L264: Lovin’ the Neighbors, the Leap

Variations on the obligation to love one’s neighbor show up across both the religious and secular spectrum. They tend to provoke a range of responses - from those who attempt to sort out what loving people who are not part of your immediate tribe would mean, to those who reject the necessity. This is not an easy idea - and even if you can sort out what it means to love people who you may not know well, or like much, or even trust, or know how to get to knowing, liking and trusting - it is a damned hard thing to put into practice.

Weeks ago I read the above opening paragraph to a Casaubon’s Book post by Sharon Astyk and knew I wanted to think about this as it related to me and my community. At the time I was still feeling like my little mobile park community was more a community in addresses than in behaviors. I kept sort of whistling in the dark with picturing, hoping and wishing for more shared exchanges. When the young manager made the statement, “We need to love one another.” I responded to him by saying, “I don’t know if I would go that far.” Then I witnessed some very loving acts of kindness and support this weekend. In fact he personified love in responding in total immersion, total leap into the emergency by driving to the hospital, speaking to doctors, viewing x-rays and more for the neighbor in pain.

I will borrow heavily from Sharon’s post, but the best approach is to simply read in total from the original titled, Is Love Enough, Working With and Loving Your Neighbors Whether You Like Them or Not. How can one resist with an inviting title like that?

I lean on Sharon’s post because, as I have just said, I am a neophyte in turning away from the money economy to the structure of love exchanges. This is how she outlines this structure:

Because rather than talking about “working” with your neighbors or “getting along” I did want to talk about the problem of actually loving them, despite the difficulties that the word love raises. But I think it is the right word, if instead of thinking of “love” as a particular feeling you have to evoke, we think of it as a larger structure for our relationships, an economy if you will, in the, literal sense of the world, a way of organizing our world.

The danger, of course, of speaking about love is that it evokes a range of things - religious beliefs, romantic and familial feelings, and occasionally a certain dippy, intellectually vacant inspecificity, the idea that our relationships will all be productive if we do group hugs and sing in a circle regularly. But in fact, I’d make the case for a language and world of love that is as rigorous as any mathematics, as formally structured as any economy. That is, it is not loving people to express things lovingly all the time. It is not loving one another simply to articulate your common ground, or to allow everyone to “express” their differences, being universally supportive, or falling backwards off a chair. Love is needing each other - not in easy or cheap ways, but really, truly needing one another. It does not require that you share beliefs, or even like each other - all of us can call examples from our biological families that support this fact.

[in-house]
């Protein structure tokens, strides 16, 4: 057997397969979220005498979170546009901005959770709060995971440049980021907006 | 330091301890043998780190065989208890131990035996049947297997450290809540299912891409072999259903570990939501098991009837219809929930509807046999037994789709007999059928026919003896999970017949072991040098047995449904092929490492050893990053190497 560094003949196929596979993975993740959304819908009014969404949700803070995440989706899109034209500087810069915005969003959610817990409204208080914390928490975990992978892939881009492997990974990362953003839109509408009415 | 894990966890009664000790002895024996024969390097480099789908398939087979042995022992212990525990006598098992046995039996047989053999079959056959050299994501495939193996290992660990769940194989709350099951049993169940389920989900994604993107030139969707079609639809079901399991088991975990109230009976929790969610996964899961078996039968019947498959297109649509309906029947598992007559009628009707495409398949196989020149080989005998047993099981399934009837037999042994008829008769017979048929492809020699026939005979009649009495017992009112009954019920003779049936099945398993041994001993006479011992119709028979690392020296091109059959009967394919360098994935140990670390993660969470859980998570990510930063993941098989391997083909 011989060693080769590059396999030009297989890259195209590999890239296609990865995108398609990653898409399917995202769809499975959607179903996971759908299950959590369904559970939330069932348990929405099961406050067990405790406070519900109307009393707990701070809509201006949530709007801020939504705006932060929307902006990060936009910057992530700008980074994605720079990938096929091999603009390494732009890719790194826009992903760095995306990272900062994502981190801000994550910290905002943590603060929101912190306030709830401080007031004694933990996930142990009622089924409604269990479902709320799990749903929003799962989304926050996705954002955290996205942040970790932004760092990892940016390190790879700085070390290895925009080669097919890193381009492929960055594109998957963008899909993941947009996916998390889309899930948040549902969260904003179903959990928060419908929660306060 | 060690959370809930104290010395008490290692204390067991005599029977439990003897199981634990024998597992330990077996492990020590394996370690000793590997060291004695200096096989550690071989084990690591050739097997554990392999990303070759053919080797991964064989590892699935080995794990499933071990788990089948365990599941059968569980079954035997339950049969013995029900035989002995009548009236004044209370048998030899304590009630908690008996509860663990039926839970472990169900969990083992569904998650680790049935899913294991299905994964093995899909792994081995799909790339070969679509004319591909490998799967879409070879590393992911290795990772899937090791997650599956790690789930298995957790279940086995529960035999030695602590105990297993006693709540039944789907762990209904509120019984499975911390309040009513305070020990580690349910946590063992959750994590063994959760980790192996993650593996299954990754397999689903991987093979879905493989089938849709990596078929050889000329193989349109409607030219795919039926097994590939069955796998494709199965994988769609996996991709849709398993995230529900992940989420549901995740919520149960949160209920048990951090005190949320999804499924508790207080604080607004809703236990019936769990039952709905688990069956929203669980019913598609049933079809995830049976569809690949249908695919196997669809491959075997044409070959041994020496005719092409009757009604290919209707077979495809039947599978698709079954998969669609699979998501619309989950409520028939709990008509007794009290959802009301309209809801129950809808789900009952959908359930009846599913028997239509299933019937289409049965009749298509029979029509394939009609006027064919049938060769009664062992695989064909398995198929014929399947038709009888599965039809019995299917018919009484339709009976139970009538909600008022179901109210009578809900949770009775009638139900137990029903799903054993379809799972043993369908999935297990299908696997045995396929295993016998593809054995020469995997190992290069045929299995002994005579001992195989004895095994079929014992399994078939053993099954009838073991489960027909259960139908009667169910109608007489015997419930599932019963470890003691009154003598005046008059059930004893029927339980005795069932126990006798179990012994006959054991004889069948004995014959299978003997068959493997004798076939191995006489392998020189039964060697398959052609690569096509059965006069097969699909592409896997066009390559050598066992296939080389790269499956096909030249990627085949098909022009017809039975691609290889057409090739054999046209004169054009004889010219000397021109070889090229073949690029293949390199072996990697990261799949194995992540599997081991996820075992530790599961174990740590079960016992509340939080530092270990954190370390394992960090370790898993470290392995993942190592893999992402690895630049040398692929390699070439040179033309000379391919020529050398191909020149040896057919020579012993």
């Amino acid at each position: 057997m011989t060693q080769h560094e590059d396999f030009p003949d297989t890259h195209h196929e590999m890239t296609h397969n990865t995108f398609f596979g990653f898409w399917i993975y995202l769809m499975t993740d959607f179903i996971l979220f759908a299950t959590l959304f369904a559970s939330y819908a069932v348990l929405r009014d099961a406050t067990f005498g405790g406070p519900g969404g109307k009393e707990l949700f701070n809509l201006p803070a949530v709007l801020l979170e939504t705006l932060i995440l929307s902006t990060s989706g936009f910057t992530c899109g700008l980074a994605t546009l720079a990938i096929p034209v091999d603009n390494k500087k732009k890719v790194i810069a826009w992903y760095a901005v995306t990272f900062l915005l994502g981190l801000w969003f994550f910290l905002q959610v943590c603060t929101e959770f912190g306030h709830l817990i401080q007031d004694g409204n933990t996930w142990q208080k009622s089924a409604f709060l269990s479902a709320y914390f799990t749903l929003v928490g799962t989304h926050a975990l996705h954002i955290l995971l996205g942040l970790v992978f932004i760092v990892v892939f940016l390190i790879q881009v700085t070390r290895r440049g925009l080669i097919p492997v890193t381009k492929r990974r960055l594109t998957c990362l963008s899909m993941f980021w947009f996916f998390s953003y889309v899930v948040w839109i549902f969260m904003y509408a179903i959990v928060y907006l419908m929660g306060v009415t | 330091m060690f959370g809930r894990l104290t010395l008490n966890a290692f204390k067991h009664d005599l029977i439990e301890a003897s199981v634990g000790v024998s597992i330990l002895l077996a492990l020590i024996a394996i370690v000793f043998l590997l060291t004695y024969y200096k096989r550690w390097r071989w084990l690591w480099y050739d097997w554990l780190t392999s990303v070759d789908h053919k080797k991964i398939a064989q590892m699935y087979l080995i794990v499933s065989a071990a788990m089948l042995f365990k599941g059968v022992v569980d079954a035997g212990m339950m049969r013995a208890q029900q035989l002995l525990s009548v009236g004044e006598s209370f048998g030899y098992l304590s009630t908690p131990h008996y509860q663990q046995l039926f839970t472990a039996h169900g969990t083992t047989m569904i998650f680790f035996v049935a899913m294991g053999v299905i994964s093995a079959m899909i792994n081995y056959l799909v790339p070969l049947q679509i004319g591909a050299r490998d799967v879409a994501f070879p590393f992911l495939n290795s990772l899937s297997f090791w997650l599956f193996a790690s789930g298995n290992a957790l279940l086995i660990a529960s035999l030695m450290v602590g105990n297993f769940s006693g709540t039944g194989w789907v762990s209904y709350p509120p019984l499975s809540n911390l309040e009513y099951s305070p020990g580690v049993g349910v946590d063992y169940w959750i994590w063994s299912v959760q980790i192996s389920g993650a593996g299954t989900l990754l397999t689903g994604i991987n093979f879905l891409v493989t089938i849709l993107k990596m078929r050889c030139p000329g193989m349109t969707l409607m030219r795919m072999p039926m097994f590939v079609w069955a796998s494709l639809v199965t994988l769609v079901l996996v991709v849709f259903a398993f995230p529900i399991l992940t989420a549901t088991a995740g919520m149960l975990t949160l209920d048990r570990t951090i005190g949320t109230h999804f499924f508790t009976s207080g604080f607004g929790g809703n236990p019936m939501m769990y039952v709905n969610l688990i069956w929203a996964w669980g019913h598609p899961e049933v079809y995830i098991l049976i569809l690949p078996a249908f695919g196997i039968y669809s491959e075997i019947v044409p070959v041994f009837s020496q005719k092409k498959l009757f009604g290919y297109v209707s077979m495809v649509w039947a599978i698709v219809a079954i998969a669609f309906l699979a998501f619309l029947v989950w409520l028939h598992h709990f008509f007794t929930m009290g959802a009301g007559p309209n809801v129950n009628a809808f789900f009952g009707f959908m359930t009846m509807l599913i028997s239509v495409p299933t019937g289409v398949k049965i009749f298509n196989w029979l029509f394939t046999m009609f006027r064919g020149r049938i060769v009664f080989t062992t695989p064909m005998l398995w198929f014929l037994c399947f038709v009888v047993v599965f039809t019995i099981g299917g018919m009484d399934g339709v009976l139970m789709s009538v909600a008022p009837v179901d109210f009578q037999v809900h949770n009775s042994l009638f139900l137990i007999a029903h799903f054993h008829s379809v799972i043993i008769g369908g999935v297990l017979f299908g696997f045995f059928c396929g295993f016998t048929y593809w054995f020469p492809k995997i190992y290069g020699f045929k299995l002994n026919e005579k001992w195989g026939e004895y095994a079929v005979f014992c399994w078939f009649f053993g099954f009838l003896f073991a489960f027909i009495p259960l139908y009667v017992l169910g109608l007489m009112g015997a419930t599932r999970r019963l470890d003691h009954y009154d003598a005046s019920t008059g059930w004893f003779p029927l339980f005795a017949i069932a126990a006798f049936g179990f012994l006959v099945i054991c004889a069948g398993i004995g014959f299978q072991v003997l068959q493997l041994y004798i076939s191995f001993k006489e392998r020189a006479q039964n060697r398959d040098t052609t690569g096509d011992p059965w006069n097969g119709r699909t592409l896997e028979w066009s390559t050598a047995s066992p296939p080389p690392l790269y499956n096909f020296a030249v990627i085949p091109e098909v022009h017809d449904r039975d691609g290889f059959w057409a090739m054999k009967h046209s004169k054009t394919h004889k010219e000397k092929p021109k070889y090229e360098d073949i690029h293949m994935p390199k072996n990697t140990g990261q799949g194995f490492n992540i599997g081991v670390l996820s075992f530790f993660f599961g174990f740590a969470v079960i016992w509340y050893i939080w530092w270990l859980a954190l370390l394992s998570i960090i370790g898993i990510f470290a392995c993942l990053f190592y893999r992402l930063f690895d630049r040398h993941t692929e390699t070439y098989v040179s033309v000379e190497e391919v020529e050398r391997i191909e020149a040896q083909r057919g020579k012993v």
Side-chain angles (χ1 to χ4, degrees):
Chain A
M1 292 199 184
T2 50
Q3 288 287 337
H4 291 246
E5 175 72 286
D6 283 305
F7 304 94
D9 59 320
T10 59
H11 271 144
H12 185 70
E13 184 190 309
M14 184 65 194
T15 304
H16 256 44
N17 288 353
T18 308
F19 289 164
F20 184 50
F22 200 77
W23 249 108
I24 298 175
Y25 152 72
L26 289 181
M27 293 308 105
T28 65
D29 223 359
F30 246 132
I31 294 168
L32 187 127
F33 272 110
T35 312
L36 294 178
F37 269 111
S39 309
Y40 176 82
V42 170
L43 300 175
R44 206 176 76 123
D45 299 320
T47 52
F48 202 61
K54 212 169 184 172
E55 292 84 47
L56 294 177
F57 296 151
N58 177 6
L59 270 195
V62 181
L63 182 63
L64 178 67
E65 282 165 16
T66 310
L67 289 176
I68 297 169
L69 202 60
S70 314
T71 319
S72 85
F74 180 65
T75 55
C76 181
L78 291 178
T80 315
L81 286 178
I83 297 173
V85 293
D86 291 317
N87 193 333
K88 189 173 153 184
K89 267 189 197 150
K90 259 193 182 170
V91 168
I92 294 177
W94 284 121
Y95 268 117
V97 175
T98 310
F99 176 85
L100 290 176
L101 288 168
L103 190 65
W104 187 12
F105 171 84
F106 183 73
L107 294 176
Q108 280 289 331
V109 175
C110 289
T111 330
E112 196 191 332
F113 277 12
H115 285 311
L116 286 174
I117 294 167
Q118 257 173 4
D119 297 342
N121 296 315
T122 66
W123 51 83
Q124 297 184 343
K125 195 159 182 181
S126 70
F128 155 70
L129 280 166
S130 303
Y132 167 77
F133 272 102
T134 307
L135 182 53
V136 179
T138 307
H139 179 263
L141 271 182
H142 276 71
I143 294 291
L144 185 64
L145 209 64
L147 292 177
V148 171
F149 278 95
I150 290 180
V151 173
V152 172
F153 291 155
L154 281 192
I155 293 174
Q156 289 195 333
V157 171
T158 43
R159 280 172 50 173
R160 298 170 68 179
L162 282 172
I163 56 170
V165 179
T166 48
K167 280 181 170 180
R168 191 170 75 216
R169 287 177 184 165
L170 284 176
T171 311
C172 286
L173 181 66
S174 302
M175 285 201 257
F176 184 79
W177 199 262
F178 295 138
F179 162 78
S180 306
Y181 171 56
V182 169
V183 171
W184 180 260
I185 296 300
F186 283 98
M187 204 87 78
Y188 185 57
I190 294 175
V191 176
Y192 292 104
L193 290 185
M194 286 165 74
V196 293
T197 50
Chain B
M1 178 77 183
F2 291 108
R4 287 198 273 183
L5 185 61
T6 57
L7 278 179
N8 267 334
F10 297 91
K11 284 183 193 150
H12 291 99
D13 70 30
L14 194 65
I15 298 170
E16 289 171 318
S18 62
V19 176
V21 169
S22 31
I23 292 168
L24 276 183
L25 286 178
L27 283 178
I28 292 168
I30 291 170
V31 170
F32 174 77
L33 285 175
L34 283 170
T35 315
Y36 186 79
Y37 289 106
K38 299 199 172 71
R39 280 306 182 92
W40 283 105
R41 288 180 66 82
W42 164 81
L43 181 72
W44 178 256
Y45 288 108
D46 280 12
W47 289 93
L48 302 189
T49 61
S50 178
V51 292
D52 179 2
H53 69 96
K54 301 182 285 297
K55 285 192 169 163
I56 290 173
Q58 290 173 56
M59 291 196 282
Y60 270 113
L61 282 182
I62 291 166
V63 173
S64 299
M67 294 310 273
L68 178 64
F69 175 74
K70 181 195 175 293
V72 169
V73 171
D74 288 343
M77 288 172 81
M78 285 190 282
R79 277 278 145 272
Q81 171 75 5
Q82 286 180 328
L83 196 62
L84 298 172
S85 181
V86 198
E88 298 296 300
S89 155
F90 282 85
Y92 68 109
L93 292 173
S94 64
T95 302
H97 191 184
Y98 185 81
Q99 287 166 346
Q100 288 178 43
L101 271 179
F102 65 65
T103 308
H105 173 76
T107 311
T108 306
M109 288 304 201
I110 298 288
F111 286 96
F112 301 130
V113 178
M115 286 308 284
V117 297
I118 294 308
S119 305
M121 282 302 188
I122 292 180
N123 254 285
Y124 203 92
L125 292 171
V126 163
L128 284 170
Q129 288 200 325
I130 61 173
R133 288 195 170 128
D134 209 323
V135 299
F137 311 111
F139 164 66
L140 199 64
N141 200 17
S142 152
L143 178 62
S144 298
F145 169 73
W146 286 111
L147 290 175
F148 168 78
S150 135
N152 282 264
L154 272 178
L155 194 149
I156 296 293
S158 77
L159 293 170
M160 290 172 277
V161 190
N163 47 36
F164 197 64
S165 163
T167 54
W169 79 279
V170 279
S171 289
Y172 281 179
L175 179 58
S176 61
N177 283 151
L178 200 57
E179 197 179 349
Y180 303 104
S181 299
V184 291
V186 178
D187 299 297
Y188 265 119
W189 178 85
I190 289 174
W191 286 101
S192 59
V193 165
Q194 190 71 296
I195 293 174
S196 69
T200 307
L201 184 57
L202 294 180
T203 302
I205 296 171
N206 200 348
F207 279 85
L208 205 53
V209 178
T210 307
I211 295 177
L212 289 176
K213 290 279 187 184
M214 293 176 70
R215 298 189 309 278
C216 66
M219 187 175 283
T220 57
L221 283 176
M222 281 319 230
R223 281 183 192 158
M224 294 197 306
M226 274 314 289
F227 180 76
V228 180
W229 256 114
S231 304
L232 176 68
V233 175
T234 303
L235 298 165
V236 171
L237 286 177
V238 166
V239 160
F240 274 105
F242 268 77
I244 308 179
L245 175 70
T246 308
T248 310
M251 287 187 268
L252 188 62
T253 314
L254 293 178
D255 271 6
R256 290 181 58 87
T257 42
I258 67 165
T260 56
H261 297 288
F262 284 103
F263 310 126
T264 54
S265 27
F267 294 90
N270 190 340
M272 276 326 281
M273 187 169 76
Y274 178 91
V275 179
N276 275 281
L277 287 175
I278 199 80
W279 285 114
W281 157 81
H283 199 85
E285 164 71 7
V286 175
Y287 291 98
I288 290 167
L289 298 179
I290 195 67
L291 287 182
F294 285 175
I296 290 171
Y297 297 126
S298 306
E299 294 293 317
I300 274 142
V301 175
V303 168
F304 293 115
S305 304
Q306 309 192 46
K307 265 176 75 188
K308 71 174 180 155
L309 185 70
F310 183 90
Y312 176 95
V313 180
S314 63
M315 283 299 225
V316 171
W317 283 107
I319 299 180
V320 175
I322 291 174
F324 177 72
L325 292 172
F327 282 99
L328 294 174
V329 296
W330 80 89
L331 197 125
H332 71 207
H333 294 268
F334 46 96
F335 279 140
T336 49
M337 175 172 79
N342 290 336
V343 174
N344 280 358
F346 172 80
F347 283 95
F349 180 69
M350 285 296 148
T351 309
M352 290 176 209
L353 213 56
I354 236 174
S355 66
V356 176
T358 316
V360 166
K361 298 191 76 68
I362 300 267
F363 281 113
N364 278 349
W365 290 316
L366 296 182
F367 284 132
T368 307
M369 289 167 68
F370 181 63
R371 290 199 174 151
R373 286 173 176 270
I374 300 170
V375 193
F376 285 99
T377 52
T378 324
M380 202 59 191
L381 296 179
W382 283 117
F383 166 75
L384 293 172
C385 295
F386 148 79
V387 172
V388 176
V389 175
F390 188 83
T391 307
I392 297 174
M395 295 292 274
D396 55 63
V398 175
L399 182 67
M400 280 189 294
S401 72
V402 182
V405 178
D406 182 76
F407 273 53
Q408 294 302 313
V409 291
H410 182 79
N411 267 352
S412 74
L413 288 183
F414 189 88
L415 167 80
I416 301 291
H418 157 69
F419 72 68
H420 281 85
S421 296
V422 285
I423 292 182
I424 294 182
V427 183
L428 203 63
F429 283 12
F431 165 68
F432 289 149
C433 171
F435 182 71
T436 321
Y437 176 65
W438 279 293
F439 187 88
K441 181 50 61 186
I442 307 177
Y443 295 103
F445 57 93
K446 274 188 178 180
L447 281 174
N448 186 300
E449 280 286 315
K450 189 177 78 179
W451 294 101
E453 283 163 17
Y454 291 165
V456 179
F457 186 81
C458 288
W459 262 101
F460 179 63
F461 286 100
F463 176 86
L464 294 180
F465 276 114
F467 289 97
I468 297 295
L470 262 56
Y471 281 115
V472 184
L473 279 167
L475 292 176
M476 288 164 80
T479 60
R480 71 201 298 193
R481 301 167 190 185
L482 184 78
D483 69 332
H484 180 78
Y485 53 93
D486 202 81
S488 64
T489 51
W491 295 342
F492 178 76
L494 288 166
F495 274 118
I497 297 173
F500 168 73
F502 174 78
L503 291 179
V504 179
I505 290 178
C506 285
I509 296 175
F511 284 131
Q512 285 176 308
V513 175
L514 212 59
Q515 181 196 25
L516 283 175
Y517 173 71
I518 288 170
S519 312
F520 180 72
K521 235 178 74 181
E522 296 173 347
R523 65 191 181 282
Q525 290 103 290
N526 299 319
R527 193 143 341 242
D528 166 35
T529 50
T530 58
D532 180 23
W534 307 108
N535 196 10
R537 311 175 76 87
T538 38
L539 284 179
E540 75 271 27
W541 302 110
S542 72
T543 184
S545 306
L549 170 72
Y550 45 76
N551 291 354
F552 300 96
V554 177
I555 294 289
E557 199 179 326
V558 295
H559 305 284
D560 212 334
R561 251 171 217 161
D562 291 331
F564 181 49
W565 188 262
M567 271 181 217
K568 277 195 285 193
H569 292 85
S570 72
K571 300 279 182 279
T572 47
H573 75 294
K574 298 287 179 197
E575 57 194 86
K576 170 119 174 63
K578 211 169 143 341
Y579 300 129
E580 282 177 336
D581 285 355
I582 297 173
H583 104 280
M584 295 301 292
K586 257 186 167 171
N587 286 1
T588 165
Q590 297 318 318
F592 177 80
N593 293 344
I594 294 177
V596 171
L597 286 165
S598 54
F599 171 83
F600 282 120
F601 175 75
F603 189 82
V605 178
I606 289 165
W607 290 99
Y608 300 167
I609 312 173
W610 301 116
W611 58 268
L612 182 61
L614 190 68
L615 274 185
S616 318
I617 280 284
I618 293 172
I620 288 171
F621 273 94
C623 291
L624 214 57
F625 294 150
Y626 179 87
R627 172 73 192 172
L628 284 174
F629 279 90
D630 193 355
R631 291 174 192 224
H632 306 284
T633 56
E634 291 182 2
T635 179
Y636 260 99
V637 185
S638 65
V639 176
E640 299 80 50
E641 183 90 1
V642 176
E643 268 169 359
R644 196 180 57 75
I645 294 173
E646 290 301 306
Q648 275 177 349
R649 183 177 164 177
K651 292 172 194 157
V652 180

I wrote about the culture of borrow and barter at the beginning of my living with little impact year. I have found a myriad of ways to incorporate this into my own life. Beyond my newsletter writing, my community interactions are more limited to a small circle. This ‘loving neighbors challenge’ framed as Sharon does in her post; it goes further. It is risky, it is frightening. Herein lies the leap, the jumping off point. This next is the part that transformed one of my vulnerable inclinations.

Money allows you to figure out what things are “worth” - with barter or simple sharing, there are things that can never be quite worked out. Is that firewood equivalent to 20 dozen eggs and a bushel of plums? Was it really enough for me to babysit in exchange for the help getting the gutters cleaned out? [. . . ]

Things never come out evenly. You always have to be grateful, and thus, dependent. If we give up all the things that have stood as barriers between ourselves and the people we need, that have enabled us never to be dependent, we’re never again going to be square. The only hope is that the person you are working with or bartering with or sharing with is secretly afraid that she/he hasn’t done his fair share either.

But then again, that’s what love is, isn’t it? I’ve never met anyone who loved someone, or was truly loved by someone else who didn’t secretly think that their spouse (or parents, or child or friend) was crazy to love them, that if they could really see all the way through, they’d realize how inequitable things are, and how little they deserve that love. So you end up just being grateful, feeling damned lucky that this time, you got more than you ever deserved. That some miracle, or gift appeared to you, and someone loves you.

Now that is certainly an incentive to love, to encourage imbalance on the side of generosity. This idea alone is inviting to me. I feel I have only touched upon a little shining treasure here. It’s like the start of a fascinating path of bread crumbs beginning right here. It is a path that we need follow by turning away from and by tuning out the noisy freeways beside us.

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